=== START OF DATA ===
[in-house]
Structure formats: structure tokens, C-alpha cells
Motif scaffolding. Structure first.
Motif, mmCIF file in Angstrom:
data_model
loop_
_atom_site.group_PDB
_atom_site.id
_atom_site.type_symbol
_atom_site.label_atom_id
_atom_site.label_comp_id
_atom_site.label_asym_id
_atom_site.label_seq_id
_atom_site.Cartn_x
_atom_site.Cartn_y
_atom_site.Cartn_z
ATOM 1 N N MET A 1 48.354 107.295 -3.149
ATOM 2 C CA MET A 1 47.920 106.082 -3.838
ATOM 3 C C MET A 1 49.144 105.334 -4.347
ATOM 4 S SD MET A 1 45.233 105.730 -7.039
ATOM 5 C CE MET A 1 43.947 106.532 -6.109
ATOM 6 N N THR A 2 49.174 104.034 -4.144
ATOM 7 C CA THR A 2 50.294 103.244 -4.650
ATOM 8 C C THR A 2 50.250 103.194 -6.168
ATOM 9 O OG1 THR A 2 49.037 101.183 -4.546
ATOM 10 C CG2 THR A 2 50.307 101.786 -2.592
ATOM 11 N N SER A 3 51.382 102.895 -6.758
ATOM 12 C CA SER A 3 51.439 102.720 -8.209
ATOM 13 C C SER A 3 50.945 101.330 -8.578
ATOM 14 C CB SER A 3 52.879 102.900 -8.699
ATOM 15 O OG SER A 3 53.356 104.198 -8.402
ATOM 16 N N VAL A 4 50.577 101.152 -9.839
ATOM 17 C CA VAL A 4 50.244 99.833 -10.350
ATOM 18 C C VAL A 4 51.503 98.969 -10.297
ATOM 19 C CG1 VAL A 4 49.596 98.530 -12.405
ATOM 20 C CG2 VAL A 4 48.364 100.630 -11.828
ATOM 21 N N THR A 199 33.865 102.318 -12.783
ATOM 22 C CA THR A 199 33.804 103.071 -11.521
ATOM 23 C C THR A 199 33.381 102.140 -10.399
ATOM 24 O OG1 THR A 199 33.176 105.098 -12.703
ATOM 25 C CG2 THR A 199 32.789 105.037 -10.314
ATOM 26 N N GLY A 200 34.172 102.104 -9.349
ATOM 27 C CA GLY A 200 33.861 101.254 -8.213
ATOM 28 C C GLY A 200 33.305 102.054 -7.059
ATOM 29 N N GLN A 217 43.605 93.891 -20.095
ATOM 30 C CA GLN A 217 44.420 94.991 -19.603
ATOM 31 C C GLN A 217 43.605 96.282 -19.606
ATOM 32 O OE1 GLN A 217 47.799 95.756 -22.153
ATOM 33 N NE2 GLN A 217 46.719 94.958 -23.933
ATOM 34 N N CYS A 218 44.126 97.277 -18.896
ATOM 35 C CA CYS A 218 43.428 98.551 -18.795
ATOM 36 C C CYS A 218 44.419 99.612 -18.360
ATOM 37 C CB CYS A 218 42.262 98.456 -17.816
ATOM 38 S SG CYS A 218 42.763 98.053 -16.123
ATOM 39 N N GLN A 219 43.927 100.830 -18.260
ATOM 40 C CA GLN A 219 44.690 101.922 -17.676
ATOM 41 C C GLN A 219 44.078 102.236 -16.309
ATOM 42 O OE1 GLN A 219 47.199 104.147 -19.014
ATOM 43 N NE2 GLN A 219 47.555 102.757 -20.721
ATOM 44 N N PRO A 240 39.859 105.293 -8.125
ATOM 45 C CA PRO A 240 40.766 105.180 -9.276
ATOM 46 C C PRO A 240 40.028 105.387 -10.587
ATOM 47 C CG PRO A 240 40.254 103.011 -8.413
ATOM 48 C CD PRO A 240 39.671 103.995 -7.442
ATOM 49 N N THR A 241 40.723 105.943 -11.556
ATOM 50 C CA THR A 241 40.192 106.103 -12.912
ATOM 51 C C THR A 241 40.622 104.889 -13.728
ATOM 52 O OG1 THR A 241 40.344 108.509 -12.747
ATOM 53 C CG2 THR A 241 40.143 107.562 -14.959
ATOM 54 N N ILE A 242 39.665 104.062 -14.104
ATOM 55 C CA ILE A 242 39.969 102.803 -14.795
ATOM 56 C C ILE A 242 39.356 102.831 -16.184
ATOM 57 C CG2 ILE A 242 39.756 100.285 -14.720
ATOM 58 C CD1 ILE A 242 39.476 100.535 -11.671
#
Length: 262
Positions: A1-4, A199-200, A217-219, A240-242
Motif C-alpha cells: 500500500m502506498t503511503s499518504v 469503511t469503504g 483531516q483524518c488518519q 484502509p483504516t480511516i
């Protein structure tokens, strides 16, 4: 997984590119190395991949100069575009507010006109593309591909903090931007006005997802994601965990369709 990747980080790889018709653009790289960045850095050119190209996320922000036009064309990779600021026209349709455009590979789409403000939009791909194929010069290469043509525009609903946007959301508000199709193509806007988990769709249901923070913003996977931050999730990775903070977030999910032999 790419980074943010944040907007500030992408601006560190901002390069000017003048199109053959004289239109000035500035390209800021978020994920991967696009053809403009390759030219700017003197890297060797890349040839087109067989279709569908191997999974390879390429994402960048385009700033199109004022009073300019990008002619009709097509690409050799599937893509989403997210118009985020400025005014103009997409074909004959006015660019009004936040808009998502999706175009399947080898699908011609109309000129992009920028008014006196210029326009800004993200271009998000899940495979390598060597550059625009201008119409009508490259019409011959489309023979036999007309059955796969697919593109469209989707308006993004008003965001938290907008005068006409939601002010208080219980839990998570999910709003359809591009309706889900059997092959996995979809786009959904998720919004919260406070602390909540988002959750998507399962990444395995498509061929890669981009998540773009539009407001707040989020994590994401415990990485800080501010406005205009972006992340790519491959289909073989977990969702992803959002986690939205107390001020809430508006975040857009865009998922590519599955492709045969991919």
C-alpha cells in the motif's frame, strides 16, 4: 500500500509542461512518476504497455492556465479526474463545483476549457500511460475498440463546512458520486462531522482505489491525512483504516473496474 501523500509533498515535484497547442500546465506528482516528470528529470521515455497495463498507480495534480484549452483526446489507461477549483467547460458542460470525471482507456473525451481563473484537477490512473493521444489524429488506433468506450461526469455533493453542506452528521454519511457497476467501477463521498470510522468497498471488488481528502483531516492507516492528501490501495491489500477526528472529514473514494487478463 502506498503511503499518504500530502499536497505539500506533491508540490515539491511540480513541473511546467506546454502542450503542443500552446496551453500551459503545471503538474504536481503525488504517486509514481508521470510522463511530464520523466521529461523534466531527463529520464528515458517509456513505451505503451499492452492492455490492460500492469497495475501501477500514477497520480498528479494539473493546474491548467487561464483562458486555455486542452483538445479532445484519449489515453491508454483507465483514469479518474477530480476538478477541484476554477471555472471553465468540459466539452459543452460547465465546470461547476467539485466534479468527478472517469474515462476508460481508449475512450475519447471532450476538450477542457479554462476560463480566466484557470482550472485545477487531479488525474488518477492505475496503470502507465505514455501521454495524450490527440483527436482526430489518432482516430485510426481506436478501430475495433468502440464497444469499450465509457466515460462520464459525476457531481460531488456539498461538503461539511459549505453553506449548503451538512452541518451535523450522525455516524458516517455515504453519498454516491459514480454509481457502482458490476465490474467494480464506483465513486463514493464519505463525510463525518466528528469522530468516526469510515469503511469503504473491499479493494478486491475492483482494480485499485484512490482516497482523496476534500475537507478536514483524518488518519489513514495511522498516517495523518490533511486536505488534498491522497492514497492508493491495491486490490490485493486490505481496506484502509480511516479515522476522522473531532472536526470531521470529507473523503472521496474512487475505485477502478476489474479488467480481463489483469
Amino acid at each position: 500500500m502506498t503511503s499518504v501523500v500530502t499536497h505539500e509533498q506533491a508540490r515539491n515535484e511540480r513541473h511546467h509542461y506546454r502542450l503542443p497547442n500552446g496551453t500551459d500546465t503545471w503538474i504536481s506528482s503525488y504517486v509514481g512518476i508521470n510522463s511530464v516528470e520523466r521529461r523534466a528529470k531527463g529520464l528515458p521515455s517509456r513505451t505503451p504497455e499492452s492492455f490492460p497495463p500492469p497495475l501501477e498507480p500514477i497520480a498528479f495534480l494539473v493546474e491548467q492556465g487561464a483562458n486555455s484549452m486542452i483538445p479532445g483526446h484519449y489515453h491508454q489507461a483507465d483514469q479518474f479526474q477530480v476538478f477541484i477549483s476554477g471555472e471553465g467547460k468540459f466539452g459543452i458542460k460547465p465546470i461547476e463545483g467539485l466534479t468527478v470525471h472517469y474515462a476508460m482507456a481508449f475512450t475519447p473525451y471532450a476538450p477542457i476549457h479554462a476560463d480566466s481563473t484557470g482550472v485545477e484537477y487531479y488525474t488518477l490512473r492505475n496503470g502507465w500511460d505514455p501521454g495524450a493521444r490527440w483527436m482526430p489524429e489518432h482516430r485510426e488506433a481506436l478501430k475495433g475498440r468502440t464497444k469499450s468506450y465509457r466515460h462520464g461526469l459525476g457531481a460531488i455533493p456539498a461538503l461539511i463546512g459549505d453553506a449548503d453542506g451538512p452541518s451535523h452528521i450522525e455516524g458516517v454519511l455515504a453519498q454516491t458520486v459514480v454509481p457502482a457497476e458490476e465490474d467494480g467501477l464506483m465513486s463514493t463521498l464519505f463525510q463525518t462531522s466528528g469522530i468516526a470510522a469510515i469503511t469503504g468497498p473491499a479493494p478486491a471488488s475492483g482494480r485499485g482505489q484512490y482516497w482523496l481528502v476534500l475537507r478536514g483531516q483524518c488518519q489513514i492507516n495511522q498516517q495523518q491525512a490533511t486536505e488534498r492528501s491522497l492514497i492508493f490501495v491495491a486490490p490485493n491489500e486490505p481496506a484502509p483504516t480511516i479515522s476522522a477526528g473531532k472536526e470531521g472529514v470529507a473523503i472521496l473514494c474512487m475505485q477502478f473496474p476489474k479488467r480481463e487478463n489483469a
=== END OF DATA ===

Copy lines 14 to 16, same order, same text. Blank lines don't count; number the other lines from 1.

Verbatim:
_atom_site.Cartn_x
_atom_site.Cartn_y
_atom_site.Cartn_z